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Gonorrhea, chlamydia, and syphilis are sexually transmitted diseases (STDs) that can cause long-term health problems. Having an STD also increases your risk of getting HIV. If you think you are at risk with any of these sexually transmitted diseases, please get tested early because early treatment will do the least harm.
These two infections often occur together. They can occur at any age, but women ages 25 years and younger are at a higher risk. These infections are caused by bacteria, and can be transmitted through vaginal, anal, or oral sex. Infections can occur in the mouth, reproductive organs, urethra, and rectum.
Symptoms are often very mild or nonexistent. They may present anywhere from 2 days to 3 weeks after infection. The most common symptoms for women include yellow vaginal discharge, painful or frequent urination, vaginal bleeding between periods, and rectal bleeding or pain. In men, the common symptoms are discharge from the penis, pain and burning during urination, and rectal bleeding or pain.
To diagnose gonorrhea or chlamydia, your doctor may take a sample of cells from a potentially infected area. These infections can also be detected with a urine test. Both gonorrhea and chlamydia are treated with antibiotics. If you have gonorrhea, you will likely be treated for chlamydia as well. Gonorrhea requires an antibiotic shot and pills. Chlamydia requires antibiotic pills. All of your prior sex partners from the last two months must also be treated. You are still contagious while you are being treated.
Gonorrhea and chlamydia can cause various problems. Pelvic inflammatory disease (PID) is an infection that occurs when bacteria travels from the vagina and cervix up into the uterus, ovaries, or fallopian tubes. If a woman contracts gonorrhea or chlamydia and is not treated, within a few days or weeks, she may develop PID. This can lead to long-term problems like infertility. Symptoms of PID include chills, fever, and pelvic pain, although these symptoms may take a while to present themselves. The scarring from PID can increase the risk of ectopic pregnancy. Without fast treatment, an ectopic pregnancy can cause a fallopian tube to rupture which is life-threatening. Even after treatment for PID, chronic pelvic pain may remain.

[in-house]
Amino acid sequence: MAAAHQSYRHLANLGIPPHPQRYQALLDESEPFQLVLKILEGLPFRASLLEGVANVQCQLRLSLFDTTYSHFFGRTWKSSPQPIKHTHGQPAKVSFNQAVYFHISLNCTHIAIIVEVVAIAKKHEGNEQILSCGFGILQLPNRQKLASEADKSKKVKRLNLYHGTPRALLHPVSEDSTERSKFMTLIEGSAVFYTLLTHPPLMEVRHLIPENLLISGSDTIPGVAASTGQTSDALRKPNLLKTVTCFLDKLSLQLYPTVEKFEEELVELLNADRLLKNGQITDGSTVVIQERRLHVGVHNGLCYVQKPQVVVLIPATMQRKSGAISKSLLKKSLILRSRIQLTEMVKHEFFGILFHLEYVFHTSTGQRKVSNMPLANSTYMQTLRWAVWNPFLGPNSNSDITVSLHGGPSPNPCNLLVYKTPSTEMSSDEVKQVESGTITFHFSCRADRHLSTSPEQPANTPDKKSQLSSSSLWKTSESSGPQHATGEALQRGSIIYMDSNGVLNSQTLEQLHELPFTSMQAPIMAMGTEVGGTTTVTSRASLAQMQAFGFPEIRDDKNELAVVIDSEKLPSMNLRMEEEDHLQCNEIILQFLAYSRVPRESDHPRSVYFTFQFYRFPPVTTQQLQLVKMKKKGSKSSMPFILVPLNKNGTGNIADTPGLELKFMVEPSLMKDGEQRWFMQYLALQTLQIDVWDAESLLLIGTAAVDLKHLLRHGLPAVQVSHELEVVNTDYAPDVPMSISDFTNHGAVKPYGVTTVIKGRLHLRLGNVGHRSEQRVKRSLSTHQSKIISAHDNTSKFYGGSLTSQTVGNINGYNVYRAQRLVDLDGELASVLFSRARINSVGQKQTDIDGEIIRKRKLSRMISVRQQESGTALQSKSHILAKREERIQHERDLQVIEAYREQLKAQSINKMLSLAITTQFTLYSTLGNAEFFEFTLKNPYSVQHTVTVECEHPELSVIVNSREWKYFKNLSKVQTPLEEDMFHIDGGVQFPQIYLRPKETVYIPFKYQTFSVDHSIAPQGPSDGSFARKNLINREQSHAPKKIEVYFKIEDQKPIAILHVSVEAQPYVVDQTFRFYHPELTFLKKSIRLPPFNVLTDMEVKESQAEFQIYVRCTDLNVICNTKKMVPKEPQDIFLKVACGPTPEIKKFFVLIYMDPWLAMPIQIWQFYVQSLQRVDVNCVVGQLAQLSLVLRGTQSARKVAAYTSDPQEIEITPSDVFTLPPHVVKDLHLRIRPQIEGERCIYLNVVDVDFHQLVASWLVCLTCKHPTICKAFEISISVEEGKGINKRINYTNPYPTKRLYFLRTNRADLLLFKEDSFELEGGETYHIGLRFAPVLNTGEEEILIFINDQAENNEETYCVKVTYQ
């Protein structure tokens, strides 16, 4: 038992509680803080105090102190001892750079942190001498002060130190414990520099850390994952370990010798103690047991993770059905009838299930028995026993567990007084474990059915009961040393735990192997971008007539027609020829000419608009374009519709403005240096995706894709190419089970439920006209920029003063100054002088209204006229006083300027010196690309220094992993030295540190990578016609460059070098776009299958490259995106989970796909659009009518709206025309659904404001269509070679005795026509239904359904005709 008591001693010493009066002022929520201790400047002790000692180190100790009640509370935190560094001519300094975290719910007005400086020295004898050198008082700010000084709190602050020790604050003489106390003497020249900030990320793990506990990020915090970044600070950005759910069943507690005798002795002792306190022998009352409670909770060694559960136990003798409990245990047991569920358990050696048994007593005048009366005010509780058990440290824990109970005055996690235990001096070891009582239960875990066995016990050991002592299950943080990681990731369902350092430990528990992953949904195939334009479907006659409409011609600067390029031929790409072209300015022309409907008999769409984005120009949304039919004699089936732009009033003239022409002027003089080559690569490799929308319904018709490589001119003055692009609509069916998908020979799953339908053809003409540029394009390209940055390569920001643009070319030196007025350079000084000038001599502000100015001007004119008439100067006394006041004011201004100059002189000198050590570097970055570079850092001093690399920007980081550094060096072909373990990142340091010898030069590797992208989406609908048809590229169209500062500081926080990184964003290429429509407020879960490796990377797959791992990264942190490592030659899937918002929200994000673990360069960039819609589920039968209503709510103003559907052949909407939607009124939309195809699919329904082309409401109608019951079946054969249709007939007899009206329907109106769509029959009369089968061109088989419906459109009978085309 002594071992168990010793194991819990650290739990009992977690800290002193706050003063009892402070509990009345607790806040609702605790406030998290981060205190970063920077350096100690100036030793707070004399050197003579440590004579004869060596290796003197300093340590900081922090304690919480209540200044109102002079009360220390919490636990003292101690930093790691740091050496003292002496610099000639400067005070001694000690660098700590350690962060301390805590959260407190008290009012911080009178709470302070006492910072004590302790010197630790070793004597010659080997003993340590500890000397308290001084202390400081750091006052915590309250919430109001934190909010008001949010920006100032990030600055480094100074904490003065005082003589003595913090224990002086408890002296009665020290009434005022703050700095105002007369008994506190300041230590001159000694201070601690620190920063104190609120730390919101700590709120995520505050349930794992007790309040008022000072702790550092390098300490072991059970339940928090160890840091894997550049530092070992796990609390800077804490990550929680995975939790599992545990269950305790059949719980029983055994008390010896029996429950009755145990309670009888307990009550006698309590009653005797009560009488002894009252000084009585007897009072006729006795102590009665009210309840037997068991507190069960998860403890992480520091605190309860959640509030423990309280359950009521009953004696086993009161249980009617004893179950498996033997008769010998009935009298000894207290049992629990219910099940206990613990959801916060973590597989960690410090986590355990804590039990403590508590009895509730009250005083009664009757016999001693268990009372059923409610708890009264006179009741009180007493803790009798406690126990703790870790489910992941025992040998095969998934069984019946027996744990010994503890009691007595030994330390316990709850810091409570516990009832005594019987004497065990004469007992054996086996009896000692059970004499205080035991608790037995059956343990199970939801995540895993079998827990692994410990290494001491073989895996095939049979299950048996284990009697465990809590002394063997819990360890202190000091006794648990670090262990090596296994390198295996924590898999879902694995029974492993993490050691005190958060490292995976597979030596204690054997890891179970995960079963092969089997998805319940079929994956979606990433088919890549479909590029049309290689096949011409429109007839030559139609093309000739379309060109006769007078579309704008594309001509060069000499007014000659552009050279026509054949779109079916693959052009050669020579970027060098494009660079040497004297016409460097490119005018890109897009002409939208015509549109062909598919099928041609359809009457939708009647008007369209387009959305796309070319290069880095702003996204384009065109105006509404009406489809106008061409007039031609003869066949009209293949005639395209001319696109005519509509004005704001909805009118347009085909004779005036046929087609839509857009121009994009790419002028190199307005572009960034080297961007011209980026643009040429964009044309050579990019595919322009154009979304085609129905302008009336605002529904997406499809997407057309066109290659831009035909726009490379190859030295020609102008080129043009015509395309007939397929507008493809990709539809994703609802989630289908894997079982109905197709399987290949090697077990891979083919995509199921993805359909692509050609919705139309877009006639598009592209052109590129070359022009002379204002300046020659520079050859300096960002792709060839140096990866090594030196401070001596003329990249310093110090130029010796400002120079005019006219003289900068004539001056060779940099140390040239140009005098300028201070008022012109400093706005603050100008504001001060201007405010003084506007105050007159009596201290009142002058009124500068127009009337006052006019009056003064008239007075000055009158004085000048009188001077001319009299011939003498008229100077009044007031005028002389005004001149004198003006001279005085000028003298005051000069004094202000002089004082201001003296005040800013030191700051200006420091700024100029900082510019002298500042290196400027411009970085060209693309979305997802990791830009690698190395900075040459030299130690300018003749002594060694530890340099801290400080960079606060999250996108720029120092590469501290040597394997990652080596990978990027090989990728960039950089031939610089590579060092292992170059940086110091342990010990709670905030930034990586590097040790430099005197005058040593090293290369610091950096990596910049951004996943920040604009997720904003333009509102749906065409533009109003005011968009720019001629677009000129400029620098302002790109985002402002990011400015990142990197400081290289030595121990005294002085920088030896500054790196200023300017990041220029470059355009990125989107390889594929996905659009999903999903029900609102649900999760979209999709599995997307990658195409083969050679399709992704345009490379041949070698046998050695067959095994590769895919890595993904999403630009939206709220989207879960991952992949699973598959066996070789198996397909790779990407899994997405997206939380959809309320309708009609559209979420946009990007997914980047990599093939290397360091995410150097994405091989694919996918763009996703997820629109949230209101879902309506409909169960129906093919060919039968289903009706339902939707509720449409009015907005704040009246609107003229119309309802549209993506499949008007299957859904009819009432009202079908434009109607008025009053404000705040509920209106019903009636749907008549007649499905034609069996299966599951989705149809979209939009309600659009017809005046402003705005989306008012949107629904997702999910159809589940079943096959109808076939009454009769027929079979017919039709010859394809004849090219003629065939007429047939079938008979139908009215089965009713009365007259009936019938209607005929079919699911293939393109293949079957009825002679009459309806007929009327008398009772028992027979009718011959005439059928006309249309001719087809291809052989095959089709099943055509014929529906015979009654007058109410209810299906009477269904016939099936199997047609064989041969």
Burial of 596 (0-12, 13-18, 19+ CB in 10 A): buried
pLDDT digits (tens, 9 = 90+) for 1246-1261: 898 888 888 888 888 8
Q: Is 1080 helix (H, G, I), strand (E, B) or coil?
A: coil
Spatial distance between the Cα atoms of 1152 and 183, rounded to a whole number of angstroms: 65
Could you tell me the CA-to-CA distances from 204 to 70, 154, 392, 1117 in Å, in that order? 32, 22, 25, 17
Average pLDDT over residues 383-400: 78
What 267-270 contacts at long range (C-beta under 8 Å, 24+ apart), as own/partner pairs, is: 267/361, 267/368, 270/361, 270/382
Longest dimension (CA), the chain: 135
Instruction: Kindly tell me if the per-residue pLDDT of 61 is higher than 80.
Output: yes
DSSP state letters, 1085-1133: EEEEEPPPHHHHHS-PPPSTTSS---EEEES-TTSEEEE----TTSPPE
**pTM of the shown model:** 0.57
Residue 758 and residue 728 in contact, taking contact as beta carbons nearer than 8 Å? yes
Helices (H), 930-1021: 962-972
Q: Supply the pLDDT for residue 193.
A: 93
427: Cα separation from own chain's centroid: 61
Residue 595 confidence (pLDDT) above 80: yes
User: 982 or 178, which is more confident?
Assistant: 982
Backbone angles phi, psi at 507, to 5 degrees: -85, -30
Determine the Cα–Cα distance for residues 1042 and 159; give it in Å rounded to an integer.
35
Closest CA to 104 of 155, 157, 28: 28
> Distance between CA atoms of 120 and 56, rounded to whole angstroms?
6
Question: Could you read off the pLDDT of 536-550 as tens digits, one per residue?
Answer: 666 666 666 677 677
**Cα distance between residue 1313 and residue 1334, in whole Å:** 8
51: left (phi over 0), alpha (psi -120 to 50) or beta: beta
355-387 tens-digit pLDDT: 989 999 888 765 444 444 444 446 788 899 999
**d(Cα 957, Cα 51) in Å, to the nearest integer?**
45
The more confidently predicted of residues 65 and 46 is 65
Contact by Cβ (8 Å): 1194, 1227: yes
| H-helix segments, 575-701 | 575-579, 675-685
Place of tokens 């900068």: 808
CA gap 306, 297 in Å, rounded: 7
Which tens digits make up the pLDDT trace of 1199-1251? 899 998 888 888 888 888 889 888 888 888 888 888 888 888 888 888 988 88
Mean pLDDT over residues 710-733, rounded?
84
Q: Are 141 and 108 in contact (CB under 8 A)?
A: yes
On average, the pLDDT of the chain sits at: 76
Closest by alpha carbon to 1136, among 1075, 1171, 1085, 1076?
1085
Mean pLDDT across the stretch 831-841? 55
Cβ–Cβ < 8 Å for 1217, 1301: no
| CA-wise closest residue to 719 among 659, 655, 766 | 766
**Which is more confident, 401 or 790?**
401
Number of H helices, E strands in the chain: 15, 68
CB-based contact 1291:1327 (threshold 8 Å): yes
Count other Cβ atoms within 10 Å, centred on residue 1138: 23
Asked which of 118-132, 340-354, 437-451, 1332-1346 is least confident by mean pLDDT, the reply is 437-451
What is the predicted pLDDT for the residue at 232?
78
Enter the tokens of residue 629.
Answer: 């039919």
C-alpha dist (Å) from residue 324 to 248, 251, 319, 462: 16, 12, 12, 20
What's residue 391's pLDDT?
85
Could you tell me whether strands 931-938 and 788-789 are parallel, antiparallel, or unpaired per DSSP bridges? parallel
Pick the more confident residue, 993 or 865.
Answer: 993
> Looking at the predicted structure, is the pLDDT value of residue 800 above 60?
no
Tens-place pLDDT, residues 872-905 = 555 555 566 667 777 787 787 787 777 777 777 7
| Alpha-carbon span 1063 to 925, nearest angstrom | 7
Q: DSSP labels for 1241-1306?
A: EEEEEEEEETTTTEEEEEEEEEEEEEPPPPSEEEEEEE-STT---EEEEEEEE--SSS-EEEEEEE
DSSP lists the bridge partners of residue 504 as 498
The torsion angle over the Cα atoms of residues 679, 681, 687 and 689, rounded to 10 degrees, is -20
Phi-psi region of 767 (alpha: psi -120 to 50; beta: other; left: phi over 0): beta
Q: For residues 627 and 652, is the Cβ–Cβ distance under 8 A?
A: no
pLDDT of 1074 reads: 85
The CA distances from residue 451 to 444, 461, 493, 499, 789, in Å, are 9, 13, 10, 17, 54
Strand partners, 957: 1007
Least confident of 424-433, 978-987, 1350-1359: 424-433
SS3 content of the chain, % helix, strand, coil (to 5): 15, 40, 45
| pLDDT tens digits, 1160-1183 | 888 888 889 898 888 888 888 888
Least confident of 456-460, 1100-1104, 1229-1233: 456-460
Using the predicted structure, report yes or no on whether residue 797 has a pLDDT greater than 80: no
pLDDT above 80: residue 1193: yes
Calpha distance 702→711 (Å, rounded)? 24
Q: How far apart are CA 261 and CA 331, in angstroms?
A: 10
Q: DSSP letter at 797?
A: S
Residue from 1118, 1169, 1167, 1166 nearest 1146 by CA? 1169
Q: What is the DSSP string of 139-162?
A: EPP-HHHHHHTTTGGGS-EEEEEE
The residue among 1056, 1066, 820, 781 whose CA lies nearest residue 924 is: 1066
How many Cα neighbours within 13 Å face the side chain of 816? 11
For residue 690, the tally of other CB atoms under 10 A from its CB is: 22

Syphilis goes through different stages. In its primary stage, it is a painless sore that disappears in 3-6 weeks. Without treatment, syphilis will go into the second stage when a rash will appear, usually on the soles of the feet and palms. Flat warts may also appear on the vulva and one may experience flu-like symptoms. During this stage, the infection is highly contagious. When the rash and symptoms go away after weeks or months, the infection has entered the latent stage. The disease is not gone and is still contagious. It also may return in an even more serious form years later. It can cause heart problems, neurologic problems, and tumors. These can lead to brain damage, blindness, paralysis, and death.
During the primary stage, discharge from the open sores can be examined to see if the syphilis bacteria are present. In later stages, a blood test can check for antibodies to the bacteria. Syphilis can be treated with antibiotics. Length of treatment is dependent upon how long a person has been infected. For those who have had the disease for less than one year, only one course of treatment is needed. For those who have been infected longer, additional treatments will be necessary. Sexual contact should be avoided during treatment and previous sexual partners will also need treatment.
There are steps you can take to prevent getting infected with an STD. First, use a condom. Both male and female condoms are sold over the counter at drug stores. You can also limit your sex partners. It is also important to know and trust your partner. Ask about their sexual history and whether or not they have been tested for STDs. Even if they do not have symptoms, they may still be infected. Always avoid contact with any sores on the genitals.
It is also smart to be tested annually for gonorrhea, chlamydia, and syphilis, especially if you are under 25 years old. If you are over 25, but have certain risk factors, you should also be tested annually. Risk factors include having had more than one sexual partner, having a sexual partner who has had more than one sexual partner, having sex with someone who has an STD, having a history of STDs, and having a developmental disability.